Question Answering over Wikidata
After 3 years of research, I would like to share with the Wikidata community the results achieved during my PhD thesis. Wikidata is a great project and I’m still astonished about it. I often find information that I would have never believed to be contained in Wikidata. Moreover, it is really up to date. I want to thank all the community for the great work you do and I hope I can also contribute a bit to it. So let me describe what I did in the last 3 years and why I think it can help the community. If you want to try it out directly before/while reading this blog entry go to www.wdaqua.eu/qa.
What was the aim?
As a Wikidata editor, you have inserted facts here and there. I do it myself and it is just cool! Sharing our knowledge with other people and construct all together a structured model of the world — what a great idea.
But have you never feel that it would be even cooler if everyone could profit from it? I mean everyone including persons who do not know what an entity, a statement, a quantifier is.
Exactly this was the aim of my PhD, making the data in Wikidata accessible through natural language. An example? Imagine someone asks: “What is the capital of Brazil?” (yes, there are people who do not know that, and yes there are people interested in an answer). You know that this information is available in Wikidata, but how to find it and display it to the user?
I tried to answer to exactly this question in the last 3 years. I do not have the perfect solution, but I have a solution. Here is how it looks like:
The research field that tries to address this question is called Question Answering.
Why this is so important? The Wikidata community creates each day a lot of valuable information, it keeps it up to date and it maintains it. Making it accessible to end-users is in my eyes a very important goal.
What questions can be answered?
This is not an simple question. Mostly this depends on what knowledge is encoded in Wikidata. So first important restriction: if the information is not contained in Wikidata, we are not able to answer the corresponding question.
But this does not mean the contrary, i.e. that we can answer to each question whose answer is contained in Wikidata. Why? Because it is not a simple task!
We can answer to questions that correspond to only one statement in Wikidata, for example: “Who is the wife of Barack Obama?”. Important here is that the label of the relation contains “wife” and the label of the entity is “Barack Obama”.
We can also combine multiple statements to answer to questions like: “What is the party of the mayor of Berlin?” or “Give me museums in Lyon.” If too many statements need to be combined to find an answer, we will probably fail.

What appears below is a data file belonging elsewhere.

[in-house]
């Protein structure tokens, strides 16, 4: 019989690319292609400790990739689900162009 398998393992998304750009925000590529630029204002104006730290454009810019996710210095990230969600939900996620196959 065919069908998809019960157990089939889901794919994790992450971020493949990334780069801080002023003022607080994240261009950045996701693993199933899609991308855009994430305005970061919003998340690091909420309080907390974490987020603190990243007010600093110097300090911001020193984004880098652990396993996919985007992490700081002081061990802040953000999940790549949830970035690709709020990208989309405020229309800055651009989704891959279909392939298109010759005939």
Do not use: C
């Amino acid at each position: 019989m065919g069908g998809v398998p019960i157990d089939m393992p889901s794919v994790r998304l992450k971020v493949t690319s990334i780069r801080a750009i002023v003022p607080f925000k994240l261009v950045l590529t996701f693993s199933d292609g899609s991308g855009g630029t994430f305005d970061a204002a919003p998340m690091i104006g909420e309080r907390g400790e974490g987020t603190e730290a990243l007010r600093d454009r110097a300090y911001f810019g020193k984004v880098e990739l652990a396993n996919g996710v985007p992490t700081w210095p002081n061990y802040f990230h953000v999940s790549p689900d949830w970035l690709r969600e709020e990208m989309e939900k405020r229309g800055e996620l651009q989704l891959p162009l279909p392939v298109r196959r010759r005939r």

We treat both natural language questions like: “What is the formula of water?” and keyword questions like: “water formula”. So formulate your question as you prefer.
Moreover, we support multiple languages. Wikidata is also great for offering the knowledge in multiple languages. Currently we support: “English”, “German”, “French”, “Italian”, “Spanish”, “Portuguese” and “Chinese”. If you would like to implement a specific language let me know!
How can it be helpful for the community?
Besides the fact that Question Answering makes Wikidata knowledge easier accessible, I think Question Answering can be a useful tool when you access and edit Wikidata. I think there are mainly two cases.
The first is about data incompleteness. Imagine you search just for: “Louvre”. You will see directly some important information about the Louvre like external links (homepage, twitter link, facebook link), an abstract, a map and an image. If you search for your preferred entity and some information that you expect is not displayed, then it is missing in Wikidata. While it is very easy to see in a Question Answering User Interface that information is missing, I found it quite difficult in Wikidata itself.
Another example. Imagine you ask the question: “Who are the actors in the Lord of the Rings?”. Maybe you know many of the actors but checking if they are all indicated as actors of the Lord of the Rings is not easy. By just having the list of actors, you will find the missing ones much faster. If one of the actors you had in mind is missing, you can directly go to Wikidata and edit the corresponding entry.
The second case is about writing SPARQL queries. If you never wrote a SPARQL query they may look scary. If you know SPARQL, you may still find it time-consuming to write such a query. In both cases you can try to ask our Question Answering System in natural language. We generate under the hood multiple SPARQL queries. They are available under the “Q” button. If you click on it, you can find the SPARQL queries that we generated, ranked according to confidence. So we generate for you a SPARQL query in very short time.
Try it out
Do you want to try it yourself? Go to www.wdaqua.eu/qa and try it out! On the homepage you find some example questions to get inspiration.
That’s it. If you have any feedback, let me know in the comment section below.
Remember that the system is not perfect, but I try to improve it over time. So “Keep asking!”